Sue a Company in China: How Much Does It Cost?
The costs you need to pay mainly include three items: Chinese court costs, Chinese attorney’s fees and the cost of notarization and authentication of some documents in your country.
1. Chinese court costs
If you bring a lawsuit to a Chinese court, you need to pay legal fees to the court at the time of filing.
The court costs depend on your claim. The rate is set on the scale of rates and denominated in RMB.
Roughly speaking, if you claim USD 10,000, the court cost is USD 200; if you claim USD 50,000, the court cost is USD 950; if you claim USD 100,000, the court cost is USD 1,600.
In China, court courts are calculated with a progressive system in the RMB Yuan. For its schedule, please read our post What Are Court Costs in China?
If you win as a plaintiff, the court costs will be borne by the losing party; and the court will refund the court cost you paid previously after receiving the same from the losing party.
2. Chinese attorney’s fees
Litigation lawyers in China generally do not charge by the hour. Like the court, they charge attorney’s fees according to a certain proportion, usually 8-15%, of your claim.
However, even if you win the case, your attorney’s fees will not be borne by the losing party.
In other words, if you request the Chinese court to order the other party to bear your attorney’s fees, the court will generally not rule in your favor.
That being said, however, there exist some exceptional circumstances where the losing party shall cover legal fees.
If both parties have agreed in the contract that the breaching party should compensate the opposing party by covering his attorney’s fees in litigation or arbitration, and they have clearly stated the calculation standard and confines of attorney’s fees, the court is likely to support the payment request of the winning party. However, at this point, the court will require the prevailing parties to prove they have actually paid the fees.
3. Costs of notarization and authentication of some documents in your country
When you sue, you need to submit relevant documents to the Chinese court, such as your identity certificate, power of attorney, and pleadings.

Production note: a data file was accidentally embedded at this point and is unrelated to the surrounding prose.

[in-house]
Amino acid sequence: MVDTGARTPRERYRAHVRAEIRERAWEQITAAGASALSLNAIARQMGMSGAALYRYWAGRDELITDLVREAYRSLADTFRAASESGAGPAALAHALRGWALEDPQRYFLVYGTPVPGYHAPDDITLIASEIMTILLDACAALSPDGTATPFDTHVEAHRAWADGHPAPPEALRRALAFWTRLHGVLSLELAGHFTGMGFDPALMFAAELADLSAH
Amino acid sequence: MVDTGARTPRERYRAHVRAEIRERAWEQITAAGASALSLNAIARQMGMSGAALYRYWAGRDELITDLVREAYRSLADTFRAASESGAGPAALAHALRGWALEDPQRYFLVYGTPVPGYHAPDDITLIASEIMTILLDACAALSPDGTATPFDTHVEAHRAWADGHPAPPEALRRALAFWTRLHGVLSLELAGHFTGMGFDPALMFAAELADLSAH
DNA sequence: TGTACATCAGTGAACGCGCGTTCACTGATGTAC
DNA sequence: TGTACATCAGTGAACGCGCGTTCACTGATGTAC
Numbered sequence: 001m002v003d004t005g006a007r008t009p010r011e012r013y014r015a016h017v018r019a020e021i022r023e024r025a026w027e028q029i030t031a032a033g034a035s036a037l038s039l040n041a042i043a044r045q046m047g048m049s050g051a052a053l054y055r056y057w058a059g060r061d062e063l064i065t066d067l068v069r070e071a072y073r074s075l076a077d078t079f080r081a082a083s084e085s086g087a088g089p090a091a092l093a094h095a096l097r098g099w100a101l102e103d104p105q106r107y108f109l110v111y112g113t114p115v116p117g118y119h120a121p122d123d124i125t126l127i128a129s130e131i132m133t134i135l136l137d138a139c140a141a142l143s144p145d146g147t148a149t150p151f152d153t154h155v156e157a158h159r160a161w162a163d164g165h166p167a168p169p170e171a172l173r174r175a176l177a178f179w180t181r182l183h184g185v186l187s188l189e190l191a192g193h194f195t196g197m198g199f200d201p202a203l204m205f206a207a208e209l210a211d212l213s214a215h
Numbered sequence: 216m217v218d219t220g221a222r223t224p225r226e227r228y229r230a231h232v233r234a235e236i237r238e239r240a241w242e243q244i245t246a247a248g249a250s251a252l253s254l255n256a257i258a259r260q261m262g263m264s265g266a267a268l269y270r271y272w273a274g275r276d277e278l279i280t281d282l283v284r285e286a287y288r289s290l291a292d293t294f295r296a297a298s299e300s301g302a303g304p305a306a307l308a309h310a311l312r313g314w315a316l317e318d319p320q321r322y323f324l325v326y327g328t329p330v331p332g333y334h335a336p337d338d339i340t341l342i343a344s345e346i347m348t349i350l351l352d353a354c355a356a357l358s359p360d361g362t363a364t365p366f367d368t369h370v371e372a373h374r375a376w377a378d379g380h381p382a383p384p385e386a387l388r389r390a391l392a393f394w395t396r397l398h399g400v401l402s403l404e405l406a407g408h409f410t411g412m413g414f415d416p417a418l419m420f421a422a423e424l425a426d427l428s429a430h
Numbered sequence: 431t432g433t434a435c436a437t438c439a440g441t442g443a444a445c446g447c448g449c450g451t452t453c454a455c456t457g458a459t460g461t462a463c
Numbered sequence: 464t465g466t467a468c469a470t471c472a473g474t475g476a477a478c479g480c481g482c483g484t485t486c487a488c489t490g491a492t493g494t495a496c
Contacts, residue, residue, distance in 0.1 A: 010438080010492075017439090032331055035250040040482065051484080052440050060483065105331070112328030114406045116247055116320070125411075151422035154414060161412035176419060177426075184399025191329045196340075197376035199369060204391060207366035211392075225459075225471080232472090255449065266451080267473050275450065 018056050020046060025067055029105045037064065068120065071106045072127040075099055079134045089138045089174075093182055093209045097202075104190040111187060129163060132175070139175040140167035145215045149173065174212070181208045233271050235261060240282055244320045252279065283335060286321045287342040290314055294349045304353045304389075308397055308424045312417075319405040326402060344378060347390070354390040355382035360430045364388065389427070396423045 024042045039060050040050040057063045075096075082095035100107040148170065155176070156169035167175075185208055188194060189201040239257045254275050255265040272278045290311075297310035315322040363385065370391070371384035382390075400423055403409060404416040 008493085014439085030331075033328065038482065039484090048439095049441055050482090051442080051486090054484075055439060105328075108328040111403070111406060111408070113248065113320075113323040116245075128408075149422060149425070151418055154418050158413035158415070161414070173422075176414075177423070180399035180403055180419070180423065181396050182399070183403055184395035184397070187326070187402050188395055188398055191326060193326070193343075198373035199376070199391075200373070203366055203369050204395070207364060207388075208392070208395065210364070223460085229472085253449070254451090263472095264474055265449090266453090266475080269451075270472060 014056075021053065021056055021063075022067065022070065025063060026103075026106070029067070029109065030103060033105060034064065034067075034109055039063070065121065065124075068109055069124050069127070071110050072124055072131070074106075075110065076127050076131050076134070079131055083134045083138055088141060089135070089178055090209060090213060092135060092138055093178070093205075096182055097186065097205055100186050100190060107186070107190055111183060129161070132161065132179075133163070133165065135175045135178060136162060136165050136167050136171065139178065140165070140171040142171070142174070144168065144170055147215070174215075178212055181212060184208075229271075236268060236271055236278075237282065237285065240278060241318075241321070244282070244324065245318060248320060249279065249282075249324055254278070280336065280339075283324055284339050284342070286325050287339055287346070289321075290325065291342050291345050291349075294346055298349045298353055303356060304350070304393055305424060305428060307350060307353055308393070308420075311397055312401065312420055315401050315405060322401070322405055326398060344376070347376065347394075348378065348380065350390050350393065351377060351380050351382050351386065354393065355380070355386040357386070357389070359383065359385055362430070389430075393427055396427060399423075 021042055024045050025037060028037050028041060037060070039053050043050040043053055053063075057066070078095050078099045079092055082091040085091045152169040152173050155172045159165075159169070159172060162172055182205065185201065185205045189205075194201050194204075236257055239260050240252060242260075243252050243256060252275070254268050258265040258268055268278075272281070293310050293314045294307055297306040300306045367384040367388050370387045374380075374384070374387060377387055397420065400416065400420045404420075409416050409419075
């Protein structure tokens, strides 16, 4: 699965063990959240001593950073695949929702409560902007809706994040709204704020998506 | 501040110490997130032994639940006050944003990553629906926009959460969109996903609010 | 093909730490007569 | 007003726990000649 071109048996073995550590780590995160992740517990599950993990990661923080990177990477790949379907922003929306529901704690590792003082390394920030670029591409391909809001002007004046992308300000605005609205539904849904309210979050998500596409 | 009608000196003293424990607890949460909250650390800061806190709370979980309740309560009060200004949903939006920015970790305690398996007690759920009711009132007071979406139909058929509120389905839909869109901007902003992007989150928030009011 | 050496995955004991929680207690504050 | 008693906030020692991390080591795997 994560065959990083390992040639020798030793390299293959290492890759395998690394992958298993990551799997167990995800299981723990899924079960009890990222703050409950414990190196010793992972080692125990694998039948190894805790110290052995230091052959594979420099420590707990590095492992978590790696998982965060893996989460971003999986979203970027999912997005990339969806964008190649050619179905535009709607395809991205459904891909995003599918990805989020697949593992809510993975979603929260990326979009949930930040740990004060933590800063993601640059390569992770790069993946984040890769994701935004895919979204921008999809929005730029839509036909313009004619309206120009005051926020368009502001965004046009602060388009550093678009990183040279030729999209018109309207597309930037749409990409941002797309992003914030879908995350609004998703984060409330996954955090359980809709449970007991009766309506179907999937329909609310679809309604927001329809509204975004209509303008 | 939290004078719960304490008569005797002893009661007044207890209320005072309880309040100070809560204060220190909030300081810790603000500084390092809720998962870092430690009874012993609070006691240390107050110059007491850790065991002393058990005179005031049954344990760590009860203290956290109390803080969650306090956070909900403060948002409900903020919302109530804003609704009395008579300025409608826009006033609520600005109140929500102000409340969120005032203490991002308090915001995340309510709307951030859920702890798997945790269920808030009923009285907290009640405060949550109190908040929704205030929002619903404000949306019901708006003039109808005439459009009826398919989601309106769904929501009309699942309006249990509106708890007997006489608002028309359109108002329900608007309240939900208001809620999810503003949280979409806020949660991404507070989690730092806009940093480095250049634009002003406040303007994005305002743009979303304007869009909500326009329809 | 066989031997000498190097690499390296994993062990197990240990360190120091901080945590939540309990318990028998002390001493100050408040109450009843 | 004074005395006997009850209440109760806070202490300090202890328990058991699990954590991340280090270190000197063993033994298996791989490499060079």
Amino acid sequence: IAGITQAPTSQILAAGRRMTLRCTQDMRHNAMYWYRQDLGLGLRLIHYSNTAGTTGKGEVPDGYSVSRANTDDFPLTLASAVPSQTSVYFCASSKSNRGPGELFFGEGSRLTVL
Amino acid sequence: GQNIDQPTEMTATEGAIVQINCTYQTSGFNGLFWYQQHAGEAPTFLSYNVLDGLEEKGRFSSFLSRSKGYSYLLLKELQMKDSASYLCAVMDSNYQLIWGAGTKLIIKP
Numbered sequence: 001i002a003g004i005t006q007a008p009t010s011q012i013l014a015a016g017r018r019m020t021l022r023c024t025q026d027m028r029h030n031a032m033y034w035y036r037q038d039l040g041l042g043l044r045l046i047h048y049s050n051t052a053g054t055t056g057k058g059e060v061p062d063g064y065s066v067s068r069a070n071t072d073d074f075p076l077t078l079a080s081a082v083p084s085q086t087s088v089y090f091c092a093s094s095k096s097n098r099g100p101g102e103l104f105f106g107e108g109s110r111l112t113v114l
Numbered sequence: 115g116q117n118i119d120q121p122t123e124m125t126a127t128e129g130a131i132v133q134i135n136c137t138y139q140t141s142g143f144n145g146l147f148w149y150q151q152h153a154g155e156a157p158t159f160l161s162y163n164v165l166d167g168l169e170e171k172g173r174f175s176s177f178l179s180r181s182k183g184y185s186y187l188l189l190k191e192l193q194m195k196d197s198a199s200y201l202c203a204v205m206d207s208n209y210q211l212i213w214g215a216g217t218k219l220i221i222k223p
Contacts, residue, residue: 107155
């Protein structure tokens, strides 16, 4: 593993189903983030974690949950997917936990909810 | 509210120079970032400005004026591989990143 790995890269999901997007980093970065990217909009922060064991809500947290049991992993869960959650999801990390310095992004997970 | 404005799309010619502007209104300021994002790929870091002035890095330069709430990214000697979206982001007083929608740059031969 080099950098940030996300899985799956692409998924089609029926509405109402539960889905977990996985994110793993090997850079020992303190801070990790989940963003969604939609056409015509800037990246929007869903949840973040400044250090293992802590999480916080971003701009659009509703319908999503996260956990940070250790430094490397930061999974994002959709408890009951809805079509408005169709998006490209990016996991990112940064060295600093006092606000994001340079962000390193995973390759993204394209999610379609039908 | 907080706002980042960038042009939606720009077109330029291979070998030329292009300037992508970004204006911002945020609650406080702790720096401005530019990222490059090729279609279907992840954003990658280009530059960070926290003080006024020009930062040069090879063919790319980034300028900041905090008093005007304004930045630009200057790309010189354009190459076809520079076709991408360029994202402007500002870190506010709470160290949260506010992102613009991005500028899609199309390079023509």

These documents need to be notarized in your country, and then authenticated by the Chinese embassy or consulate in your country.
The rate of this charge is up to your local notary and the Chinese embassy or consulate. Usually, it costs you hundreds to thousands of dollars.
Do you need support in cross-border trade and debt collection? CJO Global's team can provide you with China-related cross-border trade risk management and debt collection services, including: (1) Trade Dispute Resolution (2) Debt Collection (3) Judgments and Awards Collection (4) Anti-Counterfeiting & IP Protection (5) Company Verification and Due Diligence (6) Trade Contract Drafting and Review If you need our services, or if you wish to share your story, you can contact our Client Manager: Susan Li (email@example.com). If you want to know more about CJO Global, please click here. If you want to know more about CJO Global services, please click here. If you wish to read more CJO Global posts, please click here.
Pingback: 8 Tips on How to Sue a Company in China – CJO GLOBAL
Pingback: What Are Court Costs in China? – CJO GLOBAL
Pingback: Suing in China vs Suing in Other Countries: Pros and Cons – CJO GLOBAL
Pingback: How Do I Get a Refund of My Deposit or Prepayment From a Chinese Company? – CJO GLOBAL
Pingback: How Do I Get My Money Back From a Chinese Supplier? - Debt Collection in China - CJO GLOBAL
Pingback: What Are the Litigation’s Pros and Cons in China? - CJO GLOBAL
Pingback: If the Chinese Supplier Hasn't Shipped the Goods, What Should I Do? - CJO GLOBAL
Pingback: Court Costs VS Arbitration Costs in China - CJO GLOBAL